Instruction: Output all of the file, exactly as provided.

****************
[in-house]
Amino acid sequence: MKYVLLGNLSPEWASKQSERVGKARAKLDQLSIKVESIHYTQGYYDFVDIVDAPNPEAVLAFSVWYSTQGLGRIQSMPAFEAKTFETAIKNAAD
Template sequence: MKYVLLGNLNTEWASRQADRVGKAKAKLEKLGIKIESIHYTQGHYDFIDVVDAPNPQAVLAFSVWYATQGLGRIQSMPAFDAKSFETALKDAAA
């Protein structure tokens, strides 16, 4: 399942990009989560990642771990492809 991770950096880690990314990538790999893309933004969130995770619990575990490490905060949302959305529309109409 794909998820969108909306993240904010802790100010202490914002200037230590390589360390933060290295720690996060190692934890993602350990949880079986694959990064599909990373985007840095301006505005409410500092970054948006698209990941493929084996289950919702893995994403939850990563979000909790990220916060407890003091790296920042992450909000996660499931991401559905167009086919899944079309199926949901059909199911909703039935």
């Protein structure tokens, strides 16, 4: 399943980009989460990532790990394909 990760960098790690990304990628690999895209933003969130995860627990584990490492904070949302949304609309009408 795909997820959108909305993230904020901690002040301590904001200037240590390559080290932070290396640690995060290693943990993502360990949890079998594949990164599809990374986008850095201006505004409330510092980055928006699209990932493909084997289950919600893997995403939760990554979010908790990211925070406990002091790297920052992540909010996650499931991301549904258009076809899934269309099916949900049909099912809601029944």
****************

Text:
[in-house]
Amino acid sequence: MKYVLLGNLSPEWASKQSERVGKARAKLDQLSIKVESIHYTQGYYDFVDIVDAPNPEAVLAFSVWYSTQGLGRIQSMPAFEAKTFETAIKNAAD
Template sequence: MKYVLLGNLNTEWASRQADRVGKAKAKLEKLGIKIESIHYTQGHYDFIDVVDAPNPQAVLAFSVWYATQGLGRIQSMPAFDAKSFETALKDAAA
């Protein structure tokens, strides 16, 4: 399942990009989560990642771990492809 991770950096880690990314990538790999893309933004969130995770619990575990490490905060949302959305529309109409 794909998820969108909306993240904010802790100010202490914002200037230590390589360390933060290295720690996060190692934890993602350990949880079986694959990064599909990373985007840095301006505005409410500092970054948006698209990941493929084996289950919702893995994403939850990563979000909790990220916060407890003091790296920042992450909000996660499931991401559905167009086919899944079309199926949901059909199911909703039935």
């Protein structure tokens, strides 16, 4: 399943980009989460990532790990394909 990760960098790690990304990628690999895209933003969130995860627990584990490492904070949302949304609309009408 795909997820959108909305993230904020901690002040301590904001200037240590390559080290932070290396640690995060290693943990993502360990949890079998594949990164599809990374986008850095201006505004409330510092980055928006699209990932493909084997289950919600893997995403939760990554979010908790990211925070406990002091790297920052992540909010996650499931991301549904258009076809899934269309099916949900049909099912809601029944």